Center for World Missions hosts advisory council meeting with students

Feb. 5, 2017 | College of Bible and Ministry |

Members of the College of Bible and Ministry’s Center for World Missions advisory council gathered on the Harding campus for an annual gathering Friday, Jan. 27, through Saturday, Jan. 28. Students were invited to join attendees during a portion of the weekend.

The Center for World Missions, under the direction of Dr. Shawn Daggett, facilitates connections between missionaries and students to provide opportunities to train students to take the Gospel into the world. Through summer mission trips, internships and other training opportunities, students gain experience in cross-cultural service and learn about the life of being a missionary. The center’s advisory council is made up of donors, interested missions ministry chair persons and former missionaries. According to Daggett, students became participants in the council meetings approximately five years ago.

“For the advisory council, their only interface at Harding had previously been only through faculty, and we wanted them to meet the students who are really the ones who are benefiting from their guidance and their financing,” Daggett said. “We just felt like it would be a healthier exchange.”

Students were invited to a dinner with the council on Friday evening and an educational session led by Dr. Jared Looney on Saturday morning. Looney is the network leader for The Global City Mission Initiative, a ministry focused on making disciples in globally-centered cities. He is also author of Crossroads of the Nations: Diaspora Globalization and Evangelism and Mosaic: A Ministry Handbook for a Globalizing World.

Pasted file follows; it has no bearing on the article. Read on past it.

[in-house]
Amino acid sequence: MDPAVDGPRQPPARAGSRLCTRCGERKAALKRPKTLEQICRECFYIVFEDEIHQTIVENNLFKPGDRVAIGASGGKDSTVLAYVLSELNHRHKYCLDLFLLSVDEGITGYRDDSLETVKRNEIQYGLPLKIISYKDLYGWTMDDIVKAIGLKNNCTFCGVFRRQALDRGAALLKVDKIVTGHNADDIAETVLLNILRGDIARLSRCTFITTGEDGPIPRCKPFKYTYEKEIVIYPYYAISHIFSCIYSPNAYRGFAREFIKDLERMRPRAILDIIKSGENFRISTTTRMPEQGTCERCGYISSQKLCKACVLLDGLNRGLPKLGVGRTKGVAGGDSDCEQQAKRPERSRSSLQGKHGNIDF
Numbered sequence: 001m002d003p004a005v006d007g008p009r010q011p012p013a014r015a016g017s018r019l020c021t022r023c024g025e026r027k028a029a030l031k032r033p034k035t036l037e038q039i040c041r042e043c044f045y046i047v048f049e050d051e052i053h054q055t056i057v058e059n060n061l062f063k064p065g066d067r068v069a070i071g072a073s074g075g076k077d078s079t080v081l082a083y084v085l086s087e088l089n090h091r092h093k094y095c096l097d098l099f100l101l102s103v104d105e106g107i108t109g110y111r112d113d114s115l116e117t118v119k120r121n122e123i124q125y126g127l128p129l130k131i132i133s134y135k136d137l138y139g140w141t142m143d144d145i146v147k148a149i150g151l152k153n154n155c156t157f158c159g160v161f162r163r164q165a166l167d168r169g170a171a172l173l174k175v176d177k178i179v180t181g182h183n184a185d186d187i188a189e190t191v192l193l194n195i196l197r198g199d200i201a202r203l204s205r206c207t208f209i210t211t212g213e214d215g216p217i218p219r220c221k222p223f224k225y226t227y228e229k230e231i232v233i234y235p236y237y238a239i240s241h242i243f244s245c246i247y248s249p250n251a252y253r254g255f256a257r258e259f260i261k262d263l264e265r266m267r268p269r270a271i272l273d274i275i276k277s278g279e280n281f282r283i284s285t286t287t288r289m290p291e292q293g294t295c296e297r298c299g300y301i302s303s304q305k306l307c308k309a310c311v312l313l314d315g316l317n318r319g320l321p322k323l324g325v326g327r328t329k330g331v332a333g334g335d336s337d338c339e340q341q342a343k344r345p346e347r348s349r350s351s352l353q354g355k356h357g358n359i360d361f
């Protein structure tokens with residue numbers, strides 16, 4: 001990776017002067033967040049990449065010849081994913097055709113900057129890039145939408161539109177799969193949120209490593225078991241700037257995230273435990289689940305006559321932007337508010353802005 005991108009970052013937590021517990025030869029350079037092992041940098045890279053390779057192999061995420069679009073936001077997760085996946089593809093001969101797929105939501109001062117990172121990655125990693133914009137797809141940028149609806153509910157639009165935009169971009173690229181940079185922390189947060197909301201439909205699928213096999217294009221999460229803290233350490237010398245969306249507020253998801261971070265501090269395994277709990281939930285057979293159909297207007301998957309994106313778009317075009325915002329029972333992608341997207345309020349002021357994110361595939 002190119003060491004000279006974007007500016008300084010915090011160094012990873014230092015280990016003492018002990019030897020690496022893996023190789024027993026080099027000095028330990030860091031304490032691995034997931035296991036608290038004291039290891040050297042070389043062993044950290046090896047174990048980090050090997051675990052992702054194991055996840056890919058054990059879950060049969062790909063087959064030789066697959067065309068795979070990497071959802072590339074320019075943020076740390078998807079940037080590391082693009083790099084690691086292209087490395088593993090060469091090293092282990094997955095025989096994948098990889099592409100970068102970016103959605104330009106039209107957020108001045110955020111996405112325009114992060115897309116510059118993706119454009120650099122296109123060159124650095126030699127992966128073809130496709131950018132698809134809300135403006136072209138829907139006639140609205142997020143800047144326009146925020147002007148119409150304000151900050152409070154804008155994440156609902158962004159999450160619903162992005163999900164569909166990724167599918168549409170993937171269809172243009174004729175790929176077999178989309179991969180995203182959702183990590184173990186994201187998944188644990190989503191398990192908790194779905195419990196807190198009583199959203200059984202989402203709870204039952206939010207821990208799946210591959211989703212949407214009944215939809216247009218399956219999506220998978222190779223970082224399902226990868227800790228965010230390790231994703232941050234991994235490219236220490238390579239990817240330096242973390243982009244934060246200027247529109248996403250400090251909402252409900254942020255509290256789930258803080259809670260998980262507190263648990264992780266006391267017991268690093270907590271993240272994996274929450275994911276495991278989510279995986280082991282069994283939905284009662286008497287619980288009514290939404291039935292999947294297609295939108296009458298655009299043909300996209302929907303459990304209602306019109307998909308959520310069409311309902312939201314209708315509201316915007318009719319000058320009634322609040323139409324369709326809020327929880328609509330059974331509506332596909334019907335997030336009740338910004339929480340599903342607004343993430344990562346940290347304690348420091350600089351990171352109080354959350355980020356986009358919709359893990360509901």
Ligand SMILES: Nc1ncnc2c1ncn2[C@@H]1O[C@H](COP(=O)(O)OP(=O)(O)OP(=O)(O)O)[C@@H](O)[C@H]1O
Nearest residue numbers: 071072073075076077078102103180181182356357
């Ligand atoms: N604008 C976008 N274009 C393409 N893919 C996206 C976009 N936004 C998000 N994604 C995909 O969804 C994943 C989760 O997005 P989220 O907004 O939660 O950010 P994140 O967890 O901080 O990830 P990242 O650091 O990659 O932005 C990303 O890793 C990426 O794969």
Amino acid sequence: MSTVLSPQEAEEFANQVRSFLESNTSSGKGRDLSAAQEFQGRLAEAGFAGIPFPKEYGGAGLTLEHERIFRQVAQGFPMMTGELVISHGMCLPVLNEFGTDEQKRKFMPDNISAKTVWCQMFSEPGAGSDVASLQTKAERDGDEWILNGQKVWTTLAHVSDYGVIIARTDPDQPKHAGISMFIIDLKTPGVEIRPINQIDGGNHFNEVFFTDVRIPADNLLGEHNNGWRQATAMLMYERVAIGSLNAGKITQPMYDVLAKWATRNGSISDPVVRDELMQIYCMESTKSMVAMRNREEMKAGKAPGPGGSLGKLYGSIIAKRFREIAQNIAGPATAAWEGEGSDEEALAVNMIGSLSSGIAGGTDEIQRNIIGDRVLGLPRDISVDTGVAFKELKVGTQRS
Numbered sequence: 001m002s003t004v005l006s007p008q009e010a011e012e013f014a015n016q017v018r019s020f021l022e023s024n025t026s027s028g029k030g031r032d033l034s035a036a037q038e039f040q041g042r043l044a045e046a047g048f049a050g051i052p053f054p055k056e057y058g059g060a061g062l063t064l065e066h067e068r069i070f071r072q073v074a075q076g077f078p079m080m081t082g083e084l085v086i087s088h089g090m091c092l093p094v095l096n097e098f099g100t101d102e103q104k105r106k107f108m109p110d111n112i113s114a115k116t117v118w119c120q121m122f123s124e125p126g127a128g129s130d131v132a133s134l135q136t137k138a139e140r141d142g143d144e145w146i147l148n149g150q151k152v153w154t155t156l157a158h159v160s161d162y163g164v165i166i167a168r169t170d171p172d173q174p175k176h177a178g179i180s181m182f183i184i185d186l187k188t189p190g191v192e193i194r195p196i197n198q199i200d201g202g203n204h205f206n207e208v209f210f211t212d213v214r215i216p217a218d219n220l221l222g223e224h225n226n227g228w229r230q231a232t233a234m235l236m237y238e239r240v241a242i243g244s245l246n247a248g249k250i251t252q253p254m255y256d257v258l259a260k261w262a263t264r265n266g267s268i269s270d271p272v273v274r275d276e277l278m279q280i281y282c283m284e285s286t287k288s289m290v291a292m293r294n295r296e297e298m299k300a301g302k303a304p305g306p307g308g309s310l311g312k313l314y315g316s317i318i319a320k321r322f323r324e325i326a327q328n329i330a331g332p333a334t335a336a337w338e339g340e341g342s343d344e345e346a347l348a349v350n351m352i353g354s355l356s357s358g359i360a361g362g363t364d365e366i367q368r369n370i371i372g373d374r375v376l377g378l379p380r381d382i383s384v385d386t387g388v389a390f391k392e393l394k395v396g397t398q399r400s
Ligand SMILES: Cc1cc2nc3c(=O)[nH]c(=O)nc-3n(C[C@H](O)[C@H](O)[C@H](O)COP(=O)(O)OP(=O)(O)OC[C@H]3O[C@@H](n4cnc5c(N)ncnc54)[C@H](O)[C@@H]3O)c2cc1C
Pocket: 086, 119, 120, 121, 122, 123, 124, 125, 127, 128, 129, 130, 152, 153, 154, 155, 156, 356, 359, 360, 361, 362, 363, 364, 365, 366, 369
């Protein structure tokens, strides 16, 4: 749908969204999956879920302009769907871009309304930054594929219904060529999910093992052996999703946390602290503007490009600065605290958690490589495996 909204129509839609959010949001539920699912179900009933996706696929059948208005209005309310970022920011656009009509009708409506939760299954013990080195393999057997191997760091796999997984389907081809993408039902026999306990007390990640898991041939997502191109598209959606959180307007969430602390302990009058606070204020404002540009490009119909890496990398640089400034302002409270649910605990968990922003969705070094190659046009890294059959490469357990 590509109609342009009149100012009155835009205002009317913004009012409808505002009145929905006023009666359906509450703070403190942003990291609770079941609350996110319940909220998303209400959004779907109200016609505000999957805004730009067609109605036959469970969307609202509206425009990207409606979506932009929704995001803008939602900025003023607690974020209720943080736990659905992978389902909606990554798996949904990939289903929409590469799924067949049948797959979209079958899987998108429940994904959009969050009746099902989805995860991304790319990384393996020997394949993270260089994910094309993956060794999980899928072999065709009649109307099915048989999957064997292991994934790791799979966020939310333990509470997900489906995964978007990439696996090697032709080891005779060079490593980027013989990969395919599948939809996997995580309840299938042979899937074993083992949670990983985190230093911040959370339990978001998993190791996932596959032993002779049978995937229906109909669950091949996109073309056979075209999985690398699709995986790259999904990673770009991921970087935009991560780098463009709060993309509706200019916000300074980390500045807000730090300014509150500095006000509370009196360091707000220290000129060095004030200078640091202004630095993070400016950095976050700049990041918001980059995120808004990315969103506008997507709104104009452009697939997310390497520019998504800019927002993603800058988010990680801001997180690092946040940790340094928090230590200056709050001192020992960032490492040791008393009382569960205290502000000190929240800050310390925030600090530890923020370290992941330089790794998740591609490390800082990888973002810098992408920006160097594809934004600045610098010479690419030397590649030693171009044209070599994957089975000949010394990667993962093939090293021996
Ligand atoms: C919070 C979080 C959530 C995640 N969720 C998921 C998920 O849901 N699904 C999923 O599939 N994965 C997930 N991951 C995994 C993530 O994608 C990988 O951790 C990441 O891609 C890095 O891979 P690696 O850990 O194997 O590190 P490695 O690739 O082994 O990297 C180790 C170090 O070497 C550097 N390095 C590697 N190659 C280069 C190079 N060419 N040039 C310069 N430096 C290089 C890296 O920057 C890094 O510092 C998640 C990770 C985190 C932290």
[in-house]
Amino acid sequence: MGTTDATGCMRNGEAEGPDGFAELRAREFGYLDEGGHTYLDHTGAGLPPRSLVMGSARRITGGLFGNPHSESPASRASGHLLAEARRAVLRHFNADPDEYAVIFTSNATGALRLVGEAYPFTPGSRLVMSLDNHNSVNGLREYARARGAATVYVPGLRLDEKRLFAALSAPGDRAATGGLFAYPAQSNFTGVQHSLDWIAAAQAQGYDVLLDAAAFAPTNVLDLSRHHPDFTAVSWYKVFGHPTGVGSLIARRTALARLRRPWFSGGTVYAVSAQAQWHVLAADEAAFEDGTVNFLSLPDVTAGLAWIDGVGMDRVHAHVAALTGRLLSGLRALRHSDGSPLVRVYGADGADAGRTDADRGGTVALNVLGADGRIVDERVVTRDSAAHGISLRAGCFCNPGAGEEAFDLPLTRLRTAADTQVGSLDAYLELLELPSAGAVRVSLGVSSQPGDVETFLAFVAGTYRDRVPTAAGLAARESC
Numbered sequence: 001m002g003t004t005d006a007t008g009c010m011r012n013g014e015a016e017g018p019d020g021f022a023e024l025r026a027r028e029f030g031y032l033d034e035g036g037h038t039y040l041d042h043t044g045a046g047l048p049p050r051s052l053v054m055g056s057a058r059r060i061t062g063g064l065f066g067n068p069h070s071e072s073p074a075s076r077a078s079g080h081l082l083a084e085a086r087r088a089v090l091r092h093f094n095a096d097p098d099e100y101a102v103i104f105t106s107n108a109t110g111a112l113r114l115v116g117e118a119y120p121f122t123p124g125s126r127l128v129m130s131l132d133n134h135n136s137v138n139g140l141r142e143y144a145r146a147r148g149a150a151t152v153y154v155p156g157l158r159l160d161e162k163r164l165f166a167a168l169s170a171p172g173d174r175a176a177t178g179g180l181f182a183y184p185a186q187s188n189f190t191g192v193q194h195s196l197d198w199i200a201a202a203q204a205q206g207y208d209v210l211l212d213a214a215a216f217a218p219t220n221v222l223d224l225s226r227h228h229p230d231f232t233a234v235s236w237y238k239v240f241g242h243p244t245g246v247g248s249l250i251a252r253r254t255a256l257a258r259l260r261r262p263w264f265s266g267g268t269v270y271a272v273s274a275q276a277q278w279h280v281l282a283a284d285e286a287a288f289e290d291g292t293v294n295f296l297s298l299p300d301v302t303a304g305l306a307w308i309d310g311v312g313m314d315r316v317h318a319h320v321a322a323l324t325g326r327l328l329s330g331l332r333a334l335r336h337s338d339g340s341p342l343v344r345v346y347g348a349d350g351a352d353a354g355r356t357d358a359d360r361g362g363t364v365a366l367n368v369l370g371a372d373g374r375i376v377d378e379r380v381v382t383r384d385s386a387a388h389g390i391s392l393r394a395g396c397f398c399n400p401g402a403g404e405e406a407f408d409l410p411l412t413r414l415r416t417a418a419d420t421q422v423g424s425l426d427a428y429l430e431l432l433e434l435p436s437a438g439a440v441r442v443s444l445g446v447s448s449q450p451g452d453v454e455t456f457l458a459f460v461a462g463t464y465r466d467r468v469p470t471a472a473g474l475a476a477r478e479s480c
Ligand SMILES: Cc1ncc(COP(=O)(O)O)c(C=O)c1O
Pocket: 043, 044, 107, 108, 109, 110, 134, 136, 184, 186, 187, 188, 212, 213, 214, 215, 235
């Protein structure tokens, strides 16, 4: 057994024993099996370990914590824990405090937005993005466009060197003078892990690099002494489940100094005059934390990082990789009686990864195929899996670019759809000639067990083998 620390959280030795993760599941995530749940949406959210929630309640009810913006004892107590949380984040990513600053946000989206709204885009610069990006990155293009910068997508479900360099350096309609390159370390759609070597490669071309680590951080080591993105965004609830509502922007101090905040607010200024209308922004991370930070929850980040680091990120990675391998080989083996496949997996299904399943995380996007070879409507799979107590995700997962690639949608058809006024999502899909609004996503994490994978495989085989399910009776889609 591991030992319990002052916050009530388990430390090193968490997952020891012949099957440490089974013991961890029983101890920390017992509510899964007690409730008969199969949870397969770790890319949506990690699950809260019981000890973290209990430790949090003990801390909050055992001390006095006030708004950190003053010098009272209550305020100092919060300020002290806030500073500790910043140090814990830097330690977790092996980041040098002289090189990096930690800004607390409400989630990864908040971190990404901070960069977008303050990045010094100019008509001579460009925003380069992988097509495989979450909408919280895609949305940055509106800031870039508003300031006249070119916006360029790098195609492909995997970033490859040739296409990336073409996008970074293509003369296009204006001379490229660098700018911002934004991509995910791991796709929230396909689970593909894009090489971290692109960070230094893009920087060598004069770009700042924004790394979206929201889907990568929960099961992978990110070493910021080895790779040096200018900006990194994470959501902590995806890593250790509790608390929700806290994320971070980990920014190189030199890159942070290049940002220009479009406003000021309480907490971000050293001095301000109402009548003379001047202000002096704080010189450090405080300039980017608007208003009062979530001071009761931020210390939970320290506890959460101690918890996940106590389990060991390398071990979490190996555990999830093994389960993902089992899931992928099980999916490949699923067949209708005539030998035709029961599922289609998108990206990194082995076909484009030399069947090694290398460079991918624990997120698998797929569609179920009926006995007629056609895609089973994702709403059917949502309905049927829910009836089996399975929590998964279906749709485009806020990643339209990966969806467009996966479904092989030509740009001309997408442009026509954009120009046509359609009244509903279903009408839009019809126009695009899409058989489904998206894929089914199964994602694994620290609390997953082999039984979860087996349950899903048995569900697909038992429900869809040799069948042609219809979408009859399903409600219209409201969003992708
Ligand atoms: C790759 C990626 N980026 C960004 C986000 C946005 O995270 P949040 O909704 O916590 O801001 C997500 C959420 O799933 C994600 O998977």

“We wanted to give something to our advisory council members so when they come, they not only give advice but also go home feeling like they learned something,” Daggett said. “By inviting students, they also get to learn something that they don’t learn in the classroom.”

Junior Shauna Yeager attended Looney’s Saturday morning presentation. She heard about the session from her Bible classes and was interested in hearing about future mission opportunities.

“I wanted to learn more about missions around the world and how, as a student, I can contribute to that in the Searcy community and in the future where I end up,” Yeager said. “I learned about globalization and urbanization and how the implications of growing cities should affect our mission strategy now and in the future.”

Each year, the advisory council chooses a project to complete for the Center for World Missions. This year, members began launching the Global Apprenticeship Program (GAP), a formalized approach to connecting students with missionaries for an extended period of time.

“A lot of people see themselves going into the world — outside the states or inside of —  to evangelize, build churches and bless people. Every single one of those people really need the apprenticeship program,” Daggett said. “You ought to run alongside who is doing it to learn it because otherwise they might try but lose heart and quit.”

The advisory council spent their Saturday afternoon discussing the GAP and what the requirements and expectations would be. According to Daggett, the council is seeking to send at least six students per year to work alongside established missionaries during the first year of the program.

“I owe an unpayable debt to the missionaries who gave me this kind of experience,” Daggett said. “When we launched our mission work church planting, I knew how to start relationships, how to get studies going, time expectations, and how to get the word out there. I had seen it done, and I knew where to start. There was little in school that taught me this side of practical ministry, so I think there is a huge need, but we’d like to start small.”

There are approximately 10 recent graduates working as apprentices around the globe. According to Daggett, the GAP initiative provides a more formal and intentional approach to connecting students with mission efforts.

“The GAP represents the gap between inexperience and experience — between being a fresh graduate, getting to the field and knowing what to do,” Daggett said. “There is also a gap with teaching. We feel like there is only so much we could teach in the classroom. This would help fill that gap.”

For more information about the program or mission efforts at Harding, contact the Center for World Missions.

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